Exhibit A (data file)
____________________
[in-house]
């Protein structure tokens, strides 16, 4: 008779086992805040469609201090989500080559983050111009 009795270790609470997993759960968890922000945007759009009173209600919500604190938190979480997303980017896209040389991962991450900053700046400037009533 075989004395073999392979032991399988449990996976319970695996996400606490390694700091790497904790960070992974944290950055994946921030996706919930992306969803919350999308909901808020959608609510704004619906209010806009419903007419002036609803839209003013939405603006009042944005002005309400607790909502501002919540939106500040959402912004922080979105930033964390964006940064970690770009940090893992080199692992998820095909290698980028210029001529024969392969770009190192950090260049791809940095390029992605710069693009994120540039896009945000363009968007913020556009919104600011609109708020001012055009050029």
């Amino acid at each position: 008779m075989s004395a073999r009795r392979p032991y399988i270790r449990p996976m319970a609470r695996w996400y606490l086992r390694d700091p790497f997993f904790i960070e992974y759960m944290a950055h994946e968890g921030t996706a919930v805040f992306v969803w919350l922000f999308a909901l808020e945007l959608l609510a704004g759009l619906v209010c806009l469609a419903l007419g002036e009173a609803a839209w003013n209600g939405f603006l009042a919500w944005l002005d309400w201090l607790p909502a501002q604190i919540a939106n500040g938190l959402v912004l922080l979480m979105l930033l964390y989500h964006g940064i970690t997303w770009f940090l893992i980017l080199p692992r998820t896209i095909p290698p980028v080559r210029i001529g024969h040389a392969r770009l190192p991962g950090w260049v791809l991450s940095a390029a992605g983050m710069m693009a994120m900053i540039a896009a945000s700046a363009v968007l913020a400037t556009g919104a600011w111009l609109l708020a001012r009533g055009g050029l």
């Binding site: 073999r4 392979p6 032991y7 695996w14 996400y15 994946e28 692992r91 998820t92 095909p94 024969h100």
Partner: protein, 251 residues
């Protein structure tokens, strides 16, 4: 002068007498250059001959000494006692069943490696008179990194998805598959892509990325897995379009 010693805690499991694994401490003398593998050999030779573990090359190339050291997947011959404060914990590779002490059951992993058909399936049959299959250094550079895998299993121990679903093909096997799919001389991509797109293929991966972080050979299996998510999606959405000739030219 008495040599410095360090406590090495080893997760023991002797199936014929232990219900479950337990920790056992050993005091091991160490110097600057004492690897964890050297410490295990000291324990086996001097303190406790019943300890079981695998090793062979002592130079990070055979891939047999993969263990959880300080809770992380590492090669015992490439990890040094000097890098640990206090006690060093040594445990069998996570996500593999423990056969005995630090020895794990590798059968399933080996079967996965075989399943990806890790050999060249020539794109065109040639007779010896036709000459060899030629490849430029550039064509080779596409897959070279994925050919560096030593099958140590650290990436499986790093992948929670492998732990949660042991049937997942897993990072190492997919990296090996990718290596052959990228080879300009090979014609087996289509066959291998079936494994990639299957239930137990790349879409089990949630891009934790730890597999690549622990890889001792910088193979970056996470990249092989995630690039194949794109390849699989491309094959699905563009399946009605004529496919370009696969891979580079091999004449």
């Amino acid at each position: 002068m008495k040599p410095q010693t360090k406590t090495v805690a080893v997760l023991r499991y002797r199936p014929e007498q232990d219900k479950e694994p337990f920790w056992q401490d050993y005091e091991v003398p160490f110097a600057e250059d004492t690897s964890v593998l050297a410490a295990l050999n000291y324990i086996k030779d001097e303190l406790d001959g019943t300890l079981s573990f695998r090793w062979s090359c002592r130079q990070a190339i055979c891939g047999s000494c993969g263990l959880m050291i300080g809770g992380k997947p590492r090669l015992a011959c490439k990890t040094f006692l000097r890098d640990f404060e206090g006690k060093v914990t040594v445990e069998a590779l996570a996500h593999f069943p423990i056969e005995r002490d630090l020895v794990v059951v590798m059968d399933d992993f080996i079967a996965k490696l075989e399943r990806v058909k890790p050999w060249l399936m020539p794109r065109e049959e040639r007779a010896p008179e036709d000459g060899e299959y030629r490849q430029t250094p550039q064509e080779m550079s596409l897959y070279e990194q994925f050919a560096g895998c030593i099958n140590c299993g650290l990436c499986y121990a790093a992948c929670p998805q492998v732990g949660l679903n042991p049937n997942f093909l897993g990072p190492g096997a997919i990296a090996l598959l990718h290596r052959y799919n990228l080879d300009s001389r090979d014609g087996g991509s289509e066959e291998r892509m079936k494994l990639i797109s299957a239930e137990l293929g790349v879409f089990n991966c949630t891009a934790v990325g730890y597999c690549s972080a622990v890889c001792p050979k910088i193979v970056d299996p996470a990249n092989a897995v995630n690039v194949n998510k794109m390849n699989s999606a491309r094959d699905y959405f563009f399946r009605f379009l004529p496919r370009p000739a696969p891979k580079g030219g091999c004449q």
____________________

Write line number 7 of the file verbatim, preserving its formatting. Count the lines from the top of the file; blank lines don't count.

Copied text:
């Amino acid at each position: 002068m008495k040599p410095q010693t360090k406590t090495v805690a080893v997760l023991r499991y002797r199936p014929e007498q232990d219900k479950e694994p337990f920790w056992q401490d050993y005091e091991v003398p160490f110097a600057e250059d004492t690897s964890v593998l050297a410490a295990l050999n000291y324990i086996k030779d001097e303190l406790d001959g019943t300890l079981s573990f695998r090793w062979s090359c002592r130079q990070a190339i055979c891939g047999s000494c993969g263990l959880m050291i300080g809770g992380k997947p590492r090669l015992a011959c490439k990890t040094f006692l000097r890098d640990f404060e206090g006690k060093v914990t040594v445990e069998a590779l996570a996500h593999f069943p423990i056969e005995r002490d630090l020895v794990v059951v590798m059968d399933d992993f080996i079967a996965k490696l075989e399943r990806v058909k890790p050999w060249l399936m020539p794109r065109e049959e040639r007779a010896p008179e036709d000459g060899e299959y030629r490849q430029t250094p550039q064509e080779m550079s596409l897959y070279e990194q994925f050919a560096g895998c030593i099958n140590c299993g650290l990436c499986y121990a790093a992948c929670p998805q492998v732990g949660l679903n042991p049937n997942f093909l897993g990072p190492g096997a997919i990296a090996l598959l990718h290596r052959y799919n990228l080879d300009s001389r090979d014609g087996g991509s289509e066959e291998r892509m079936k494994l990639i797109s299957a239930e137990l293929g790349v879409f089990n991966c949630t891009a934790v990325g730890y597999c690549s972080a622990v890889c001792p050979k910088i193979v970056d299996p996470a990249n092989a897995v995630n690039v194949n998510k794109m390849n699989s999606a491309r094959d699905y959405f563009f399946r009605f379009l004529p496919r370009p000739a696969p891979k580079g030219g091999c004449q």